Body Combat

I sneaked in a five mile run this morning before joining my friend Charlene at her gym to try out her favorite class— Body Combat.  The streets proved to be just wet, and because I was not sure of my timing, having to drive my daughter to school and still meet Charlene at 8:45, I opted for a figure-eight loop to stay close to home.  The cold morning air felt good on my face and helped me let go of some of my anxiety about participating in a class where almost everyone else knew the basic routine.  I am not particularly graceful and suffer inhibitions about my synchronized-move capabilities.  Charlene is quite fit, and has been attending this class for a couple of years.  It’s her fitness equivalent to my running addiction.  I knew she would take care of me— she’s the kind of friend who would not leave me in the dust.  I still needed the run.

I ran downtown, zipping up Main Street focusing on my breath and letting go of my nervousness.  I ran the length of Beach Street, turned around, retraced my steps, and chugged up the hill by my house.  I welcomed the scenery of my old route as I looked out onto the ocean by Old Garden Beach. The ocean was white-capped, a rich sapphire blue raising the foaming tips of the waves.  I ran back home along Marmion Way, noticing how much damage the tides had done to the street by Straitsmouth Cove.  I forgot all about the class.

After I drove my daughter to school, I hopped in the shower for a quick freshening, dressed in indoor workout clothes, pulled sweatpants over my capri pants and a warm fleece top over my tank.  I paced around the house for a little while, dwelling on what was to come.  I made myself get into my car, drove to the club, and parked.

“Hey!”

Charlene scampered across the snowy parking lot and met me on the front steps.

“Hey back!”

“Here’s your guest pass.  I’ll take you down to the locker room.”

The gym was big and cold.  We passed the pool on the way down the ramp to the locker room, and I glimpsed a water aerobics class in progress.  I shivered.

We locked up our keys and clothes and headed to the classroom, which turned out to be a basketball court.  The room was almost empty, but by the time I had helped Charlene move the instructor’s platform into position, a handful of people had wandered in.  I worried about losing my place in the very back of the class.  I did not want to be anywhere near the front.  I wanted to be able to follow the other participants through the class, and to see the instructor without being seen too well myself.  Charlene did take care of me, too, showing me the basic front punch, upper cut, cross punch, roundhouse kick, back kick, and front kick.  I had a hard time keeping my balance as I tried to take it all in and perform each move at least adequately before the class began.  It seemed hard.  I wondered if my run was a mistake.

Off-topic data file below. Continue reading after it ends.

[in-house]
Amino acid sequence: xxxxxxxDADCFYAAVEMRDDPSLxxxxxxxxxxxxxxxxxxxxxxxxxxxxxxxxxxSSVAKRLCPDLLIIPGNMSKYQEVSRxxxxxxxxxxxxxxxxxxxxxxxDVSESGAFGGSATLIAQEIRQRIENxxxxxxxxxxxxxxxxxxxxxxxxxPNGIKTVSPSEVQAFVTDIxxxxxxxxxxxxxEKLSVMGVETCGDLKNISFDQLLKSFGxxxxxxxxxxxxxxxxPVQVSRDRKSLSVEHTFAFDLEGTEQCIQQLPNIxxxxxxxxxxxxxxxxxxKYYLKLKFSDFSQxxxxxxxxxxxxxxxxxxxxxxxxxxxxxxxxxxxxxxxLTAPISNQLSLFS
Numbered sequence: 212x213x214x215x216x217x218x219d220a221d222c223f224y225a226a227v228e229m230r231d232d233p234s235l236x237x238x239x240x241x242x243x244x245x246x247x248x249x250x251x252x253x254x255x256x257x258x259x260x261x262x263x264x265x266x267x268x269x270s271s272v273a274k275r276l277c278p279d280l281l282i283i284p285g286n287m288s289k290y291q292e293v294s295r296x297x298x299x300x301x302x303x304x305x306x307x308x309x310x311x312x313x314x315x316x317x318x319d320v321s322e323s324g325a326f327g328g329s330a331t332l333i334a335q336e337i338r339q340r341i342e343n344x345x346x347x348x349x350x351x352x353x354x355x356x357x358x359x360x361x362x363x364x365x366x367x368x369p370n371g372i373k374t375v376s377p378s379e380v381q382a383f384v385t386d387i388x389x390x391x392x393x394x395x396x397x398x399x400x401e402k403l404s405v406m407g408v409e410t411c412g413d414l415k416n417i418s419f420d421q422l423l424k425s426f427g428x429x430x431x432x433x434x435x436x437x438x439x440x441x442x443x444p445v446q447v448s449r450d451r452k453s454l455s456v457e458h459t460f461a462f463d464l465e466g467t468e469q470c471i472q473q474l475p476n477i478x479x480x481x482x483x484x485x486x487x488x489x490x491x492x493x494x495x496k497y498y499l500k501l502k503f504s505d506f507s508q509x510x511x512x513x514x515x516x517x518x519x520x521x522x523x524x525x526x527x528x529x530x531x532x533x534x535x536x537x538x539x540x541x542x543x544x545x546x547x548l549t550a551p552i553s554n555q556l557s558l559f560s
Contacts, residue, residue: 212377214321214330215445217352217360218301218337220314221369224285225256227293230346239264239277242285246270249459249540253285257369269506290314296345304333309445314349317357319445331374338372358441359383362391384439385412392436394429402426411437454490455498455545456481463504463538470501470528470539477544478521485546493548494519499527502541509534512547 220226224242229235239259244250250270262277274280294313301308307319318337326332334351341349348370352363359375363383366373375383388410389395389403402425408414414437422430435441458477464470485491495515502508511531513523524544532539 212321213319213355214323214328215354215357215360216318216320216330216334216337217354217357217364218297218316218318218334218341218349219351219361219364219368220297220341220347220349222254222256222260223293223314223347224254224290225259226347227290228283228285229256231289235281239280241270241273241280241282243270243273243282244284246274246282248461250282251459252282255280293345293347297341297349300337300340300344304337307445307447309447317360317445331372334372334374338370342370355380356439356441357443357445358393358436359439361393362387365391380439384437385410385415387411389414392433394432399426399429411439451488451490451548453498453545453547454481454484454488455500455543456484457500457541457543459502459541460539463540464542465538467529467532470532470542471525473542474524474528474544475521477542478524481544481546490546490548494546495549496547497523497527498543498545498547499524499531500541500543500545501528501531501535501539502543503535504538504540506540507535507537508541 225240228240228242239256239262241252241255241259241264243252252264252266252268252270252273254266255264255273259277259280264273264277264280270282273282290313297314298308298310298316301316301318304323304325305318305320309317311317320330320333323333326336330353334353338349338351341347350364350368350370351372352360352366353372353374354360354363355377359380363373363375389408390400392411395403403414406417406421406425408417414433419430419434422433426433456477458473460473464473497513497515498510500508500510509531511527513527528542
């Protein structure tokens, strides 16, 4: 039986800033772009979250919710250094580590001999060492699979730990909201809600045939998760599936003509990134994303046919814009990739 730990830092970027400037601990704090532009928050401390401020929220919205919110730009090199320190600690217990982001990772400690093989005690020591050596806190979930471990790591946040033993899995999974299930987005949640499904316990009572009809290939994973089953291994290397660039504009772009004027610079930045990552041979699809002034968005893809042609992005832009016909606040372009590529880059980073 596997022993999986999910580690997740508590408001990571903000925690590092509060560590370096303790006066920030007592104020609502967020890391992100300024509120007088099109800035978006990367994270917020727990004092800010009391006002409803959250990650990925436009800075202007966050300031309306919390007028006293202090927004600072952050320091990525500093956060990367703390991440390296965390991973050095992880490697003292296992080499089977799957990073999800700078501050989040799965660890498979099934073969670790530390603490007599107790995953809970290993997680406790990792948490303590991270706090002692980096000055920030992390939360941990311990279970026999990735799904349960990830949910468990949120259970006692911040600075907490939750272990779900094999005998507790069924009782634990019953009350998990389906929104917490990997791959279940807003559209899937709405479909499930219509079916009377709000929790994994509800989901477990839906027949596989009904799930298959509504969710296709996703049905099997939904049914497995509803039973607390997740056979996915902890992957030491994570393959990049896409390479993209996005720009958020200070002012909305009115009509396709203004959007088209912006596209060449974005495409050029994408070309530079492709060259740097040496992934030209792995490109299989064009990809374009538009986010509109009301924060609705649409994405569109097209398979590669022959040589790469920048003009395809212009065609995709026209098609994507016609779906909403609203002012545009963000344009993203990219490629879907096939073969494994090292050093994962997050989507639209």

Body Combat is like kick-boxing.  Loud, techno-influenced music flooded the room as the instructor began the class.  I stopped thinking completely as I struggled to follow along.  She demonstrated every piece of each segment a few times at an easy pace, moved on to the next, then sped it up, incorporating multiple moves into one long segment.  She had fantastic energy and I soon saw held no judgment about my ability to follow along.  She used an amplified headset to communicate with the class, and took time to make sure we all were on track with the choreographed punches, kicks, jumps, and postures.

I could feel the smile on my face as I struggled to learn the new moves.  I stopped being embarrassed about ten minutes into the class and began to have fun.  I laughed at myself as I watched the other people in the class, mostly women, move in unison while I repeatedly thrust out the opposite fist or the wrong leg, while I jumped forward as they jumped back.  I did pretty well for me, though, duplicating most of the moves on time and fairly rhythmically.  By the time we reached the peak of the cardio segment, I was jumping and running in place with the same freedom that comes for me in a good run outside.  I was sweating, a good sign.

Suddenly Charlene ran over to me, then past me.

“Lap time!”

I chased after her, expecting to run around and around the room, but she veered off right after the first lap.

“Grab a mat!  Floor work!”

I followed her to a corner in the hall, took two of the thin mats, not knowing what to expect.  Floor work!  I could do that no problem.  We splayed out on our backs and did a few oblique crunches, turned over and did plank with alternate leg raises for about a minute, then executed maybe 10 push ups.  I was excited, ready for more.  I looked over to my friend to see what was next.  She grinned at me, sweat running down her pretty face, her flat little belly.

“Cool down!”

I was stunned.  That’s it?  I looked at my watch.  A full hour had gone by. I was ready for another hour.  Pulsing with energy, I forced myself to a seated spinal rotation stretch with the rest of the class, wondering if the instructor would start another session right away, wondering if Charlene would stay with me for another round.

I did the cool down, a combination of yogic stretches with which I was familiar, mixed with graceful martial arts poses. The music ended.  The instructor hopped off the platform and everyone pushed toward the exit.  It was definitely over.  Charlene and I parted in the locker room.  She had errands to do after a quick shower, so I headed home to my own shower, yearning for more Body Combat.

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One Comment on “Body Combat”

  1. Charlene Says:

    Thanks for coming today that was fun! Thanks for the compliments too 😉


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